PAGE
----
Early versions of DynaWeb also supported two other syntaxes taken from the TEI guidelines:
However, these were found to be unneccessary as the algorithms for generating navigational aids improved. They are still valuable as a standard means of accessing hierarchically structured data, however.
The current method of sending data from forms to a server is to append the (possibly encoded) name+value pairs after the end of the URL, following a question mark. This area is also overloaded by being where keywords for searches are specified, and where data from ISMAP images is transferred. This area can also be used to manage state.
DynaWeb looks at the name+value pairs in much the same way many applications look at environment variables. User-specified options, and server-generated state are transferred from the server to the client in the links generated by the last request. When the client activates one of the links, the environment data will be sent to the server, starting the cycle once more. An example of how this is used can be found in DynaWeb's named-stylesheet support: the stylesheet name is passed back and forth betwen client and server. Apart from these semantics, and the URL extensions, DynaWeb should appear to clients exactly like any other typical HTTP server.
As mentioned earlier, one of the stated goals for DynaWeb was to make it as simple as possible for EBT's customers to publish to the WWW. To a very large degree this has been accomplished.
In order to produce a DynaText book, one first runs an indexer/compiler upon validated SGML source, which produces data files containing indexes, and associated data. Once this is accomplished, one then uses either the WYSIWYG stylesheet editor, or a text editor, to create sets of stylesheets controlling the display of text, TOCs, the behavior of hyperlinks, and other such things. The process for DynaWeb is exactly the same and more importantly, the data files produced in the DynaText publishing process can also be used for DynaWeb publishing. The only thing one needs to do to put a DynaText book into DynaWeb is to create new stylesheets.
One thing worth emphasizing is that the size of the DynaText books is irrelevant: DynaWeb will fragment them at runtime. Also, hyperlinks are not coded by hand, but rather generated at runtime by DynaWeb, based on entries in stylesheets. As such, no individual link validation is required by the document maintenance people; rather, they simply make sure their stylesheets are correct, and from then on, any books conforming to the same DTD will be able to make use of the same stylesheets. For example, if a publisher uses the Docbook DTD exclusively, then they need only write the stylesheets once, and update them as needed. Once the stylesheets for CDROM and WWW publishing have been created, the publisher can then produce DynaText books, and, to a large degree, not think about the distribution media at all.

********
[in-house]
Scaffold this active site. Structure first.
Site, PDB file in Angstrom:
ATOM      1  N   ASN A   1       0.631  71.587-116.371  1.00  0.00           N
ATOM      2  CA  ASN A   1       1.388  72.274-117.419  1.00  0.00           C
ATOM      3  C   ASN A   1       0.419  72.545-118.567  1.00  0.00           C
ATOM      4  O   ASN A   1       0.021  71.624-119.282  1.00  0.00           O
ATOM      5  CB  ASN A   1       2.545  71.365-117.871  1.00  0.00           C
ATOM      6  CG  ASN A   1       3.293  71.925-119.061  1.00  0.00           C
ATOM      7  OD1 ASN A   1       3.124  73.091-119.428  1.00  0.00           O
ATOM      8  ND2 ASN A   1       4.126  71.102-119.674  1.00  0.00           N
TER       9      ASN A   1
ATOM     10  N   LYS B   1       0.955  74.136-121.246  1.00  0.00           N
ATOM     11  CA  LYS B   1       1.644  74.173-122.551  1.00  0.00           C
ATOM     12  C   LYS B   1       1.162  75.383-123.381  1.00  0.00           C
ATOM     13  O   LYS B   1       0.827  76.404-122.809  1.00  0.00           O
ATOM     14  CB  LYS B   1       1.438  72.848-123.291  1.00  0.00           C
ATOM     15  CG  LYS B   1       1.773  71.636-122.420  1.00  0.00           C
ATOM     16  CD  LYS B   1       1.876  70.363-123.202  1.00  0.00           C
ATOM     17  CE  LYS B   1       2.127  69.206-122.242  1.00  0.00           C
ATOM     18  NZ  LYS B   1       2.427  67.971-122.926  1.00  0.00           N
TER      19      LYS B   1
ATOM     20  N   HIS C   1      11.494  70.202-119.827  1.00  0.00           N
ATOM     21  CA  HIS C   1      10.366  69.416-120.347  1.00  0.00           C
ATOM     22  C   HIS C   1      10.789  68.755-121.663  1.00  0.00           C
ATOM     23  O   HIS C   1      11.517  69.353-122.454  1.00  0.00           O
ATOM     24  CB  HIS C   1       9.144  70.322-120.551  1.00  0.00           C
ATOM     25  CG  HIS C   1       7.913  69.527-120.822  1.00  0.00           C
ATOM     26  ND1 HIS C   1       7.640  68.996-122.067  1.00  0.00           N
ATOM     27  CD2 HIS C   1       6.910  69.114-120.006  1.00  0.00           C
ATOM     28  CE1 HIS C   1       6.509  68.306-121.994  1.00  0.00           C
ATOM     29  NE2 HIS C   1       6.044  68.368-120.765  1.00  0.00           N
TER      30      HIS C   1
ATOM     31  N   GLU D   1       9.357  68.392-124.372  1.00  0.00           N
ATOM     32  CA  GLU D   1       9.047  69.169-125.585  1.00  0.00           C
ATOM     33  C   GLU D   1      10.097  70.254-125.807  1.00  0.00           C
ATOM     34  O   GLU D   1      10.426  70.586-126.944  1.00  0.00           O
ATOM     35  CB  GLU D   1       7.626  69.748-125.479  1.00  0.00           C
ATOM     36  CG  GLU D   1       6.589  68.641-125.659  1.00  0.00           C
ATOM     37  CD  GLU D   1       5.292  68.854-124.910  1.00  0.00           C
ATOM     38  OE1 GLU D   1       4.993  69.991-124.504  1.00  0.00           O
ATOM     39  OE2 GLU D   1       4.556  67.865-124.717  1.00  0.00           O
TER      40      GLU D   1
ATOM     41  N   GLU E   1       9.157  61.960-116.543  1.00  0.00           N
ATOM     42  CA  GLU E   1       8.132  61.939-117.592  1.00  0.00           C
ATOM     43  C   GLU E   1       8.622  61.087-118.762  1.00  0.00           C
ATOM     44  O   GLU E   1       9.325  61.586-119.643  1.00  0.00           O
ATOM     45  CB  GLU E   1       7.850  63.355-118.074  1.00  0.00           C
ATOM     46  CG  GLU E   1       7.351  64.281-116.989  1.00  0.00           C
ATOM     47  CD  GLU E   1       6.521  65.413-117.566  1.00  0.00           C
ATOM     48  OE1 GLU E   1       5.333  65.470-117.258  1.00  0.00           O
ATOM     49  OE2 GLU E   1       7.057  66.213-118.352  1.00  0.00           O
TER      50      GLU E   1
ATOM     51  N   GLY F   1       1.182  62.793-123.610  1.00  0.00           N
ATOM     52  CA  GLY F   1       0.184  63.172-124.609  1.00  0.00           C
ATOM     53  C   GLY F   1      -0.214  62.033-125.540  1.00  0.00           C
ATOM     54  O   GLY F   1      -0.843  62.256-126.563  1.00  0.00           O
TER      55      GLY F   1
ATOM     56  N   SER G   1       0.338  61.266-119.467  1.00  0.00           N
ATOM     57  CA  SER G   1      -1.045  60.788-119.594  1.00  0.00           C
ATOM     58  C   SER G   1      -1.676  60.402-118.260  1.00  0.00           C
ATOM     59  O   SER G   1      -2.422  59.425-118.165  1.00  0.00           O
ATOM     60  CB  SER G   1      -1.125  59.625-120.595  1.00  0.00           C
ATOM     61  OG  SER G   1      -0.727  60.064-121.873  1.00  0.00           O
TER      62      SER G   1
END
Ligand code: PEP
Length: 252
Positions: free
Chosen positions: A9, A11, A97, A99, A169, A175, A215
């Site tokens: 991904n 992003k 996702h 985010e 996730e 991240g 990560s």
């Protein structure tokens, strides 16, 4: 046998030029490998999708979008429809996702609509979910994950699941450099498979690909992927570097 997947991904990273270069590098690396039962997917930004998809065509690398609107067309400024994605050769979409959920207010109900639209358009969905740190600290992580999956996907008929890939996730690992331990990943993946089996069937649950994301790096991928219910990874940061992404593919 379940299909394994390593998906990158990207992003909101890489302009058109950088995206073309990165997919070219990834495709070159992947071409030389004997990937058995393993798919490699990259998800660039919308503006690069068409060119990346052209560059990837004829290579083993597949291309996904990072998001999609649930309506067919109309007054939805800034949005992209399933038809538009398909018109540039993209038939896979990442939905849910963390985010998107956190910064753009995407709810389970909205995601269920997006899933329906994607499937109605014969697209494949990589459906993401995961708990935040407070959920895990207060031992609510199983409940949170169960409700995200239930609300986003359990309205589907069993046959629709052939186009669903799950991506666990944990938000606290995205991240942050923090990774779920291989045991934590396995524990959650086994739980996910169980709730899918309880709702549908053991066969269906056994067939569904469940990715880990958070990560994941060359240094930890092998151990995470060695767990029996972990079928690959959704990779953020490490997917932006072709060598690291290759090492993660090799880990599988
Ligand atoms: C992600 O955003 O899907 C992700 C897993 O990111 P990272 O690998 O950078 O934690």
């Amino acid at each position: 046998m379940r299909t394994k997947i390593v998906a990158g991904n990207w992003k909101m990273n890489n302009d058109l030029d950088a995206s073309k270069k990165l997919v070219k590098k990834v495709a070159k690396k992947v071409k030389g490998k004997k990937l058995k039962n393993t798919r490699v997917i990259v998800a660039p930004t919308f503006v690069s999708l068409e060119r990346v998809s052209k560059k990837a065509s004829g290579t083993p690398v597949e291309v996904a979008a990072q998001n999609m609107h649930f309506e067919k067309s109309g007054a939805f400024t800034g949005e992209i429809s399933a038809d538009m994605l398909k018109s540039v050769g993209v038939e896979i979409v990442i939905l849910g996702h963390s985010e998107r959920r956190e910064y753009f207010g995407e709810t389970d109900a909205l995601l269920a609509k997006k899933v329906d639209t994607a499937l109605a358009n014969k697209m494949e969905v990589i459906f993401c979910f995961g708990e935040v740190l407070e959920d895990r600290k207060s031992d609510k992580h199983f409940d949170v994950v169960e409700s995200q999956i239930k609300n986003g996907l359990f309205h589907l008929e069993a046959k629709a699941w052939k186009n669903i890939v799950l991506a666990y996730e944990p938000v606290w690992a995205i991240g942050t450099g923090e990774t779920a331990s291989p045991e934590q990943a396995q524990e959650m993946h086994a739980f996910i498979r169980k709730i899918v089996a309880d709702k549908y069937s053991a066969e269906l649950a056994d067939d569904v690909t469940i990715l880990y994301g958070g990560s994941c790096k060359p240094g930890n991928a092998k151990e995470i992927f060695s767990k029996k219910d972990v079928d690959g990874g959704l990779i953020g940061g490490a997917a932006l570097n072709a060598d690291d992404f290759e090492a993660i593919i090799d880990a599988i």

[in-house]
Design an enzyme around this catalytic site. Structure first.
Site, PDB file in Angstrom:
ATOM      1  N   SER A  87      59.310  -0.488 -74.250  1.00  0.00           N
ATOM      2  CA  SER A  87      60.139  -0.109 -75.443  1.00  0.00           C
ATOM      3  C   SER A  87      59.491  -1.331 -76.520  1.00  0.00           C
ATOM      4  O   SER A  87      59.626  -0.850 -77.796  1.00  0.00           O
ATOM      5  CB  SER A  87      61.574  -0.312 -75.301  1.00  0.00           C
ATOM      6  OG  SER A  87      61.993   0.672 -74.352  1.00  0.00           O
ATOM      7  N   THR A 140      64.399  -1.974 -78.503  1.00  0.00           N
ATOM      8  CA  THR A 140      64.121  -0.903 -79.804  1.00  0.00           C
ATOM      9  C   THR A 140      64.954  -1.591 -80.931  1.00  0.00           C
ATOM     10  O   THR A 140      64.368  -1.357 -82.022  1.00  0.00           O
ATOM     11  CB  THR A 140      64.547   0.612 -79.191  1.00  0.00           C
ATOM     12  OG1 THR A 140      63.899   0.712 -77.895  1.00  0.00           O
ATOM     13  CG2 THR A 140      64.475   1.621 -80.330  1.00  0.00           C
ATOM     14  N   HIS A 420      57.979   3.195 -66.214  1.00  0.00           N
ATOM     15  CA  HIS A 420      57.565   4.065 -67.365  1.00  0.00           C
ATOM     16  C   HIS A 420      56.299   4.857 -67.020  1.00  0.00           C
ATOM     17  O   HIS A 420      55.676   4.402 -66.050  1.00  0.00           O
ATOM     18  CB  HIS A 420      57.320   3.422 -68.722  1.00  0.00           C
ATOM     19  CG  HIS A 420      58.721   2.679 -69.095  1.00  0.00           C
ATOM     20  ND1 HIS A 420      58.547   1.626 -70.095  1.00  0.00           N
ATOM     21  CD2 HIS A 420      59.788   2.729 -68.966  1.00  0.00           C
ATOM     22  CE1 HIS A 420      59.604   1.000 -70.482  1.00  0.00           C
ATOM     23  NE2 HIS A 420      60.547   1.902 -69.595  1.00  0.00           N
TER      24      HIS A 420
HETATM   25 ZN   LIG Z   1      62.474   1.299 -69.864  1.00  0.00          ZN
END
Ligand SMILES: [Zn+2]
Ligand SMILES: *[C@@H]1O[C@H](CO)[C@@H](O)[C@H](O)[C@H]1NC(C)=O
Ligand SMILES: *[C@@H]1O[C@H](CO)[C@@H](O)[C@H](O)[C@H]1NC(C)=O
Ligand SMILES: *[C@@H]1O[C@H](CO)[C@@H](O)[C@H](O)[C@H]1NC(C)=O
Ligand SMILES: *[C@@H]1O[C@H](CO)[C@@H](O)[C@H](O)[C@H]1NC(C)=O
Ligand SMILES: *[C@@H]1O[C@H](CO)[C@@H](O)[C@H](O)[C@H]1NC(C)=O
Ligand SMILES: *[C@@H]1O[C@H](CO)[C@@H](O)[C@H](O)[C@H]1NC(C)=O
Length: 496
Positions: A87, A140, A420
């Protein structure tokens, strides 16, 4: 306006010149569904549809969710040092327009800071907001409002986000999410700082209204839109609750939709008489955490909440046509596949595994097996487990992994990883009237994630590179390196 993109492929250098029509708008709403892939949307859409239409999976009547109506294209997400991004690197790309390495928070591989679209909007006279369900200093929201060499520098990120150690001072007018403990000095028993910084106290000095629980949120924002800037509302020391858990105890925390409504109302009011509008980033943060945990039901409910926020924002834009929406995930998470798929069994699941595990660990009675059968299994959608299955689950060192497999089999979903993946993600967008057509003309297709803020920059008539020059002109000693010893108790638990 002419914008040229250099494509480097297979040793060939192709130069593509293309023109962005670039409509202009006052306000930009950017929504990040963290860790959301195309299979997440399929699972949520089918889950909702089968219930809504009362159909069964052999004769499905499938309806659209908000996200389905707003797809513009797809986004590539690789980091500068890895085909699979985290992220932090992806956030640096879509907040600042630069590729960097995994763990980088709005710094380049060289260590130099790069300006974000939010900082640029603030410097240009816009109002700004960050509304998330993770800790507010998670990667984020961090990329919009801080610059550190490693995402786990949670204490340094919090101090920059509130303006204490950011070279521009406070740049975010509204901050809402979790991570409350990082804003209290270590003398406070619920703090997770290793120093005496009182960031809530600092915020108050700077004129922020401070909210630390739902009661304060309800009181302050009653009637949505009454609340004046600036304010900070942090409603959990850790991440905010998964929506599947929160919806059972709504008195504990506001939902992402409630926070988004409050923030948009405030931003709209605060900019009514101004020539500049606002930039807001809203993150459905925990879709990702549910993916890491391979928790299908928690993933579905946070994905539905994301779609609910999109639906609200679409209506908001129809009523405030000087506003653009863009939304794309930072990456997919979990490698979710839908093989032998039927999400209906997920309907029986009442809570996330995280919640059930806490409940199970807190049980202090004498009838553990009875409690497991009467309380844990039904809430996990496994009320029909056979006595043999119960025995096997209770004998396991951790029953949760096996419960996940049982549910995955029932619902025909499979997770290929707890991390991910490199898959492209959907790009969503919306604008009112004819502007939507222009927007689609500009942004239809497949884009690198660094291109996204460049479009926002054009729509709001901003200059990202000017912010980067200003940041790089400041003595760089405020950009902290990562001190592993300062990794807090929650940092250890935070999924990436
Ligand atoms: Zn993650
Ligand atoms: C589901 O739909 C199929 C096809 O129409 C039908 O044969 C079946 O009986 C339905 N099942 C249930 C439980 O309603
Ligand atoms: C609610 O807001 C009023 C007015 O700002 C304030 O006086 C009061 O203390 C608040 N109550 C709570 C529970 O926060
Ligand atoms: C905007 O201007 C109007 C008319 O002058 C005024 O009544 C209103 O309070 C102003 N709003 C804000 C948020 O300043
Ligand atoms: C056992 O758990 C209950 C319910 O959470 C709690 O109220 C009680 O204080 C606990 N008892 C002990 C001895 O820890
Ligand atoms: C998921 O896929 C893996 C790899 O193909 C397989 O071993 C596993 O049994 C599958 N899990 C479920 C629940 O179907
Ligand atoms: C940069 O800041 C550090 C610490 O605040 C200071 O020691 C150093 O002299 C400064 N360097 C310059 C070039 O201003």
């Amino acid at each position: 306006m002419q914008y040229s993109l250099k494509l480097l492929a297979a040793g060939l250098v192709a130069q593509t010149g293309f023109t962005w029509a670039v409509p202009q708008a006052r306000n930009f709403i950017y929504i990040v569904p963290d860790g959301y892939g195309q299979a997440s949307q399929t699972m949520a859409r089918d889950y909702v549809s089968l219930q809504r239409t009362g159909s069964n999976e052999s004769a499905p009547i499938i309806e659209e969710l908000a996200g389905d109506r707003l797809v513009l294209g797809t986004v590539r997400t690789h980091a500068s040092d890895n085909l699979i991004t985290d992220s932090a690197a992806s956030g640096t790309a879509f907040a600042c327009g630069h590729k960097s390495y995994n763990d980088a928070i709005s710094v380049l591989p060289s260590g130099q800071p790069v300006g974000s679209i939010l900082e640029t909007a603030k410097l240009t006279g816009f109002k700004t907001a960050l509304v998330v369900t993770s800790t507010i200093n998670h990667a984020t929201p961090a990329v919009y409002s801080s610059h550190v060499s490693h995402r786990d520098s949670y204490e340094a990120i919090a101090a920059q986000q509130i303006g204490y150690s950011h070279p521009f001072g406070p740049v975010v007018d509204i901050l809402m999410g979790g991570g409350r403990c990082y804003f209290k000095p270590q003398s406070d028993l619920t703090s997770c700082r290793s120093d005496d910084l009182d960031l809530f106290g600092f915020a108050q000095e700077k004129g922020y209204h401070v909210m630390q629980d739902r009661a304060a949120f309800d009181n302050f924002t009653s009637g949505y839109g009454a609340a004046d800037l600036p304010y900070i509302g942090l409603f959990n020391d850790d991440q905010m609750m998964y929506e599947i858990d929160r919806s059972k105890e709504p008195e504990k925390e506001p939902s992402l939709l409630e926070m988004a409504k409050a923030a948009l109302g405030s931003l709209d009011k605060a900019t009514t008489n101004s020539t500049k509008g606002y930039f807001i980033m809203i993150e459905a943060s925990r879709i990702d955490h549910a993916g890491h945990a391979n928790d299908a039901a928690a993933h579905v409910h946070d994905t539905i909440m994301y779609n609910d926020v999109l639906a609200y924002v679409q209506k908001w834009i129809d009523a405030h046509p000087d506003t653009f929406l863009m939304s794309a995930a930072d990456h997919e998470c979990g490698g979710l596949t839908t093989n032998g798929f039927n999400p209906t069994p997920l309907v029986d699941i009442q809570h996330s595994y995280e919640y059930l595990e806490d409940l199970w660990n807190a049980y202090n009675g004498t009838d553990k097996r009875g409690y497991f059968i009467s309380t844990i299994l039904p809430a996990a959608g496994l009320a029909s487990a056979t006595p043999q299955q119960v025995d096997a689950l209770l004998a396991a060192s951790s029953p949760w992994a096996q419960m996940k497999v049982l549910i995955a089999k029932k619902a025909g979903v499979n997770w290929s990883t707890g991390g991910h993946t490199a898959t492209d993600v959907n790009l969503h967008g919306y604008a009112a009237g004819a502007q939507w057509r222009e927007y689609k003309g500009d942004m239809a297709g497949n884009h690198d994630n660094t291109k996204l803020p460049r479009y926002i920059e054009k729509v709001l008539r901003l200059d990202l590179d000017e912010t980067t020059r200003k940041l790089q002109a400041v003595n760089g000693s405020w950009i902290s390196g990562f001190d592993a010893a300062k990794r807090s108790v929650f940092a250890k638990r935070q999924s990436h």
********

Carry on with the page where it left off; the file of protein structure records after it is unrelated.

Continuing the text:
SGML documents are inherently hierarchical; they consist of a tree of elements, which may, or may not have attributes associated with them. Before looking at the actual conversion process, let's look at what is meant by document structure, and compare some typical structural markup defined using SGML and HTML (also defined using SGML). Here is a small sample document using structural markup:
<DOCUMENT> <TITLE>DynaWeb: Interfacing large SGML...</> <ABSTRACT>Many companies are now ...</> <CHAPTER> <TITLE>Introduction</> <PARA>The World Wide Web has enjoyed...</> <SECTION> <TITLE>The Implicit Assumptions</> <PARA>While the initial vision... <TERM.LIST> <TERM>The URL will point to either...</> <EXPLANATION>To date, in most cases where...</> <TERM>The file will be in a format...</> <EXPLANATION>This is obviously false for...</> </TERM.LIST> </PARA> </SECTION> <SECTION> <TITLE>DynaWeb URLs</> <PARA>For a server like DynaWeb...</> <SUBSECTION> <TITLE>Sub-document Addressing</TITLE> <PARA>DynaWeb needs to address...</> </SUBSECTION> </SECTION> </CHAPTER> </DOCUMENT>
The Figure 2 shows the hierarchical nature of the document, by showing each element as a node in a tree. Note the special element. This represents a psuedo-element, or one which exists by implication.
Figure 2. The tree structure of the sample SGML document
In order for HTML-based browsers to display the document in a pleasing manner, the above document needs to be translated into a corresponding HTML document, such as the one below.
<HTML> <H1>DynaWeb: Interfacing large SGML...</H1> <H2>Abstract</H2> <BLOCKQUOTE>Many companies are now ...</BLOCKQUOTE> <H2>Introduction</H2> <P>The World Wide Web has enjoyed...</P> <H3>The Implicit Assumptions</H3> <P>While the initial vision...</P> <DL> <DT>The URL will point to either...</DT> <DD>To date, in most cases where...</DD> <DT>The file will be in a format...</DT> <DD>This is obviously false for...</DD> </DL> </P> <H3>DynaWeb URLs</H3> <P>For a server like DynaWeb...</P> <H4>Sub-document Addressing</H4> <P>DynaWeb needs to address...</P> </HTML>
The above HTML file, when treated as SGML (as it should be), would have the tree structure shown in Figure 3.
Figure 3. Tree of the HTML representation of the sample SGML
It is immediately obvious that the HTML representation has far less structural depth than the native SGML representation. This is one reason why many people in the SGML field dislike the HTML DTD; they are used to far more structure (others abhor it).
The job of converting SGML to HTML is primarily that of converting one tree into another. Arbitrary SGML to SGML conversion is possible, in the same way that arbitrary conversion between programming languages is possible. However, like programming language conversion, there are some cases which cannot be handled elegantly, simply due to the grammars being too different. The HTML DTD has less structural depth, and is overall much simpler than most other SGML DTDs. This simplifies the conversion task a great deal, just as translating C into assembler represents a far simpler task than translating C into Ada. It should be noted that typesetting SGML can also be regarded as a translation process (SGML to Postscript).